Some of the names on the move ahead of the open.» Read More
Stocks declined Monday, led by financials, as investors waited for some resolution on Fannie Mae, Freddie Mac and Lehman Brothers following rampant speculation last week.
Stocks declined Monday as oil prices ticked higher. Volume is expected to be low this week as the summer winds down.
Indiana has sued Countrywide Financial, becoming the latest state to take the mortgage lender to court over its lending practices.
The bottom line on Lehman Bros.: All the talk about a possible investment in Lehman from Korea Development Bank -- or anyone else -- is really beside the point. The reason Lehman has dramatically underperformed even its poorly performing peers this year is the large exposure they have to the worst performing parts of the market.
If you're going to risk investing in financials, invest in the ones that are assured to survive the credit fallout. Your best bets -- Bank of America and JP Morgan Chase, a strategist told CNBC's Asia Squawk Box Friday.
The options market continues to boil on the outlook for the financial sector and market volatility in general, according to Rebecca Darst of Interactive Brokers. And one pharamceutical company is drawing attention as well.
Mark writes, “Does Soros’ purchase of 9.5 million shares of Lehman make you more bullish on this name?”
Major U.S. indexes ended a choppy session higher, helped by a late rally in banks and better-than-expected results from Hewlett-Packard.
After hours Tuesday Goldman Sachs slashed its earnings outlooks for some of its major rivals however it's the Lehman downgrade that has the traders most concerned.
On a day when financials are again weak, Richard Bove at Ladenburg Thalman provided his clients with a long (70 pages!) note outlining the problem with the banking industry.
Short-term, buy commodities; but hold those financials for a fourth-quarter recovery. So says King Lip, portfolio manager at Baker Avenue Asset Management. He explained his investment strategy to CNBC -- and offered his top stock picks.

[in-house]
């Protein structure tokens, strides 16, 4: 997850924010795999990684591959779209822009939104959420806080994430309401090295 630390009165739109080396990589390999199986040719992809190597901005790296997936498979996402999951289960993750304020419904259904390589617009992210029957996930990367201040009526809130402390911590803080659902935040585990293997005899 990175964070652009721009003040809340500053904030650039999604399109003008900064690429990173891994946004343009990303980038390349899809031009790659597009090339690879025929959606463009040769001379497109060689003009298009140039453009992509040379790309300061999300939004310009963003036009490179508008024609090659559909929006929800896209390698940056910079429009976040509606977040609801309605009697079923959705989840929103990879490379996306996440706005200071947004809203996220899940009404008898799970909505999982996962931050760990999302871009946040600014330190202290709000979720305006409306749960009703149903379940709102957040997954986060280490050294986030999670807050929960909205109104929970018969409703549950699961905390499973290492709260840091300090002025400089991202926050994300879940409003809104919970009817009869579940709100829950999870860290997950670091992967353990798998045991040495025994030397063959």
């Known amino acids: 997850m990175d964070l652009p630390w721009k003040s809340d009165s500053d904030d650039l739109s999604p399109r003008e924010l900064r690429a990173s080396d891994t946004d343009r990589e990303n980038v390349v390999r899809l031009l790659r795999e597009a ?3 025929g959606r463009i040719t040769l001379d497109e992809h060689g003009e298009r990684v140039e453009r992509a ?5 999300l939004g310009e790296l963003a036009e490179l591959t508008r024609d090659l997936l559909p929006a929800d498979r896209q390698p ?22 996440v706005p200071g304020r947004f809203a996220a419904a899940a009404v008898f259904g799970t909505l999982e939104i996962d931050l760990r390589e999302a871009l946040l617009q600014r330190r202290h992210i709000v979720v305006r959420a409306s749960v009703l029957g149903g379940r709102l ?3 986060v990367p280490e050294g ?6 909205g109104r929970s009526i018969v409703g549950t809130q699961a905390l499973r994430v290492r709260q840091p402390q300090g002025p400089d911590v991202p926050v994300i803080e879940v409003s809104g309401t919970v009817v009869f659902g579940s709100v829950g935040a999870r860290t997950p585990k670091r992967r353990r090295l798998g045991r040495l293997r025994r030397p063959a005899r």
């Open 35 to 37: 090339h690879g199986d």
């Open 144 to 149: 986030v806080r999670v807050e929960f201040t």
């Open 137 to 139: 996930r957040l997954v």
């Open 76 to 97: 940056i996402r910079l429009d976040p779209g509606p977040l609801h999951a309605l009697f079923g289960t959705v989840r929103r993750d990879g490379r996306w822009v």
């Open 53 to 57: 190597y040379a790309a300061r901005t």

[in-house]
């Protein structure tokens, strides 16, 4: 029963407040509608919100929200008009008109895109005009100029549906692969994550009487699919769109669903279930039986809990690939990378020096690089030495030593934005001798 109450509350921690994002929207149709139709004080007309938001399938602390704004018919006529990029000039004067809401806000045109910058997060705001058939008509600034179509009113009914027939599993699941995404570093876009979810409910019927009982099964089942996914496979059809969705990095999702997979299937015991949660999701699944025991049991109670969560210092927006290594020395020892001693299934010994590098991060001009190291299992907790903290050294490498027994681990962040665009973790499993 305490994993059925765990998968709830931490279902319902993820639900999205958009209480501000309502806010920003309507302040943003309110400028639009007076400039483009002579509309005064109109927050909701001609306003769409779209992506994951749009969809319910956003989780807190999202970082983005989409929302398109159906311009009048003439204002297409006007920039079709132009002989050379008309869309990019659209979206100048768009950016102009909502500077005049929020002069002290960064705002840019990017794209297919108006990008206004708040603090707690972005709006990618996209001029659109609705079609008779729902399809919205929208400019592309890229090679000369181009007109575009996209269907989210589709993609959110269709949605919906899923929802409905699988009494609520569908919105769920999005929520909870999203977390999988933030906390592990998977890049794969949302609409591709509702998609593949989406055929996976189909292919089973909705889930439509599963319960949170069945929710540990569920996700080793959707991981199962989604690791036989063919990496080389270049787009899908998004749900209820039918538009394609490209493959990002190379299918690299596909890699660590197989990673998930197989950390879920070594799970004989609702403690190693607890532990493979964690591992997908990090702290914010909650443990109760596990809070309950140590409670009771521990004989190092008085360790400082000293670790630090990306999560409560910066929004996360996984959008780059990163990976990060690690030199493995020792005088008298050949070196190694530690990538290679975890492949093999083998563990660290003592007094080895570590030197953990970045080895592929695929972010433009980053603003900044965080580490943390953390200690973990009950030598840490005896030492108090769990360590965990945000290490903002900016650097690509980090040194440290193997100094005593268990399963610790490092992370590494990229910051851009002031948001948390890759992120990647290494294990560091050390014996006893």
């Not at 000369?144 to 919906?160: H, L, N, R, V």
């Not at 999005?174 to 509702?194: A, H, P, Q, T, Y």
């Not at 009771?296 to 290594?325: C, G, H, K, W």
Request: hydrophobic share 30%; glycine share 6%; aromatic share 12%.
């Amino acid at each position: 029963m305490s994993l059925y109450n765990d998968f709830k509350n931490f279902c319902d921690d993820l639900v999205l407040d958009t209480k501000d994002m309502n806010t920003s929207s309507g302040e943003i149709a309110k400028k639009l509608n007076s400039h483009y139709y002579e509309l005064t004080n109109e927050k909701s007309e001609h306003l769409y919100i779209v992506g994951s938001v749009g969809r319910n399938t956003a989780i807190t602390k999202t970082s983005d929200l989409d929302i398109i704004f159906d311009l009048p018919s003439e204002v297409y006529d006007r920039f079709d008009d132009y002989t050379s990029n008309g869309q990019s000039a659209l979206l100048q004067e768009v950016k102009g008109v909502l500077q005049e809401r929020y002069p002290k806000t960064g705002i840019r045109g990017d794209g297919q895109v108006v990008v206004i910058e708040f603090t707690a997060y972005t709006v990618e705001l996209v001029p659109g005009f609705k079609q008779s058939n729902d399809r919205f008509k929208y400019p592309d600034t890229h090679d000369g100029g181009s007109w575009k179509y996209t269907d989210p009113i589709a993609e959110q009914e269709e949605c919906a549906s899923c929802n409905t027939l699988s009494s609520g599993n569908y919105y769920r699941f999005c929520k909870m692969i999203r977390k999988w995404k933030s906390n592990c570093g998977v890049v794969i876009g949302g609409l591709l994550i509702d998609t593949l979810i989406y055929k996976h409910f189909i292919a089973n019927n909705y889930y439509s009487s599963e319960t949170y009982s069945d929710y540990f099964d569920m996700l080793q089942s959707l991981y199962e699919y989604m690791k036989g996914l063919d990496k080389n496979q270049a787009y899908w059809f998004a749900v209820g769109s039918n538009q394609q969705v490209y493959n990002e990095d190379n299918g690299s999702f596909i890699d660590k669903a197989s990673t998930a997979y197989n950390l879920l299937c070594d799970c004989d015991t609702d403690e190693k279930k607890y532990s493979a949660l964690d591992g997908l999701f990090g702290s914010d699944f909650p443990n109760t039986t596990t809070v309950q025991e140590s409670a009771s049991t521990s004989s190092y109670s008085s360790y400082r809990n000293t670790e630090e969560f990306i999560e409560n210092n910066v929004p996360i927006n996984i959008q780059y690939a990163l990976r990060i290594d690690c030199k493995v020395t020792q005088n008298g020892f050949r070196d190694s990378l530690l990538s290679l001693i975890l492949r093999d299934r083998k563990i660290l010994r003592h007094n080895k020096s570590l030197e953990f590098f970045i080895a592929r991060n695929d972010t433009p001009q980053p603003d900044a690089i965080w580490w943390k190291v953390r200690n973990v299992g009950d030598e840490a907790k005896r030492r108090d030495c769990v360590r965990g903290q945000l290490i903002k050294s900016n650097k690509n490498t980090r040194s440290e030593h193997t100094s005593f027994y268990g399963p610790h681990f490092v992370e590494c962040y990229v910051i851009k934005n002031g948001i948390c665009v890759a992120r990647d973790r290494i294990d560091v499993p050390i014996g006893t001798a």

The growth of the Producer Price Index is now at levels not seen since 1981. Here is a breakdown of the inflation benchmark to show you where costs are rising most.
The Dow shed 1.6 percent, putting it dangerously close to bear territory, as a fresh wave of worries about fallout from the mortgage crisis slammed financials.
Stocks opened mixed Monday as oil retreated and geopolitical concerns eased but financials suffered from a fresh wave of concerns.
Do you believe that financials, pharma and telecom can maintain through an economic downturn? If so, you might want to take a look at the Dow Industrials where some of the largest companies in the world are currently offering investors notably large dividend yields.
For the week ending Friday, August 15, 2008, U.S. major Indices finished mixed, after the markets digested negative results including a surge in CPI, a decline in retail sales, and continued expansion in unemployment claims. The Nasdaq Composite prevailed amongst the major U.S. indices, as it edged up 1.59% for the week, marking its fifth week of gains. Nasdaq gains were led by bullish comments on Amazon (AMZN) which gained 7.3% for the week. The likelihood of the eurozone moving toward recession allowed for a stronger dollar against the euro, continued pressure on oil, and a positive impact on U.S. stocks as a potential safe haven.
A federal bankruptcy judge has rejected a settlement involving Countrywide Financial, saying he wasn't convinced it was fair to nearly 300 borrowers allegedly hurt by the mortgage lender's abusive practices.
Stocks rose on Thursday as another decline in the price of oil buoyed hopes that consumer spending will recover. Also financial shares bounced back from a sharp two-day sell-off.
Warren Buffett's Berkshire Hathaway has added a new stake in NRG Energy, according to a just-released portfolio 'snapshot' of its holdings in U.S. publicly-traded stocks as of June 30. A sharply reduced stake in Anheuser-Busch may have been a bet that InBev's initially unsolicited offer for the U.S. brewer would prove to be unsuccessful. Conoco-Phillips data is kept "confidential."
Various state regulators and the U.S. Securities and Exchange Commission are investigating whether banks and brokerages that underwrote auction-rate securities—a $330 billion market of long-term debt whose yields reset through weekly or monthly auctions—falsely or fraudulently told clients that the securities were as safe and as liquid as cash.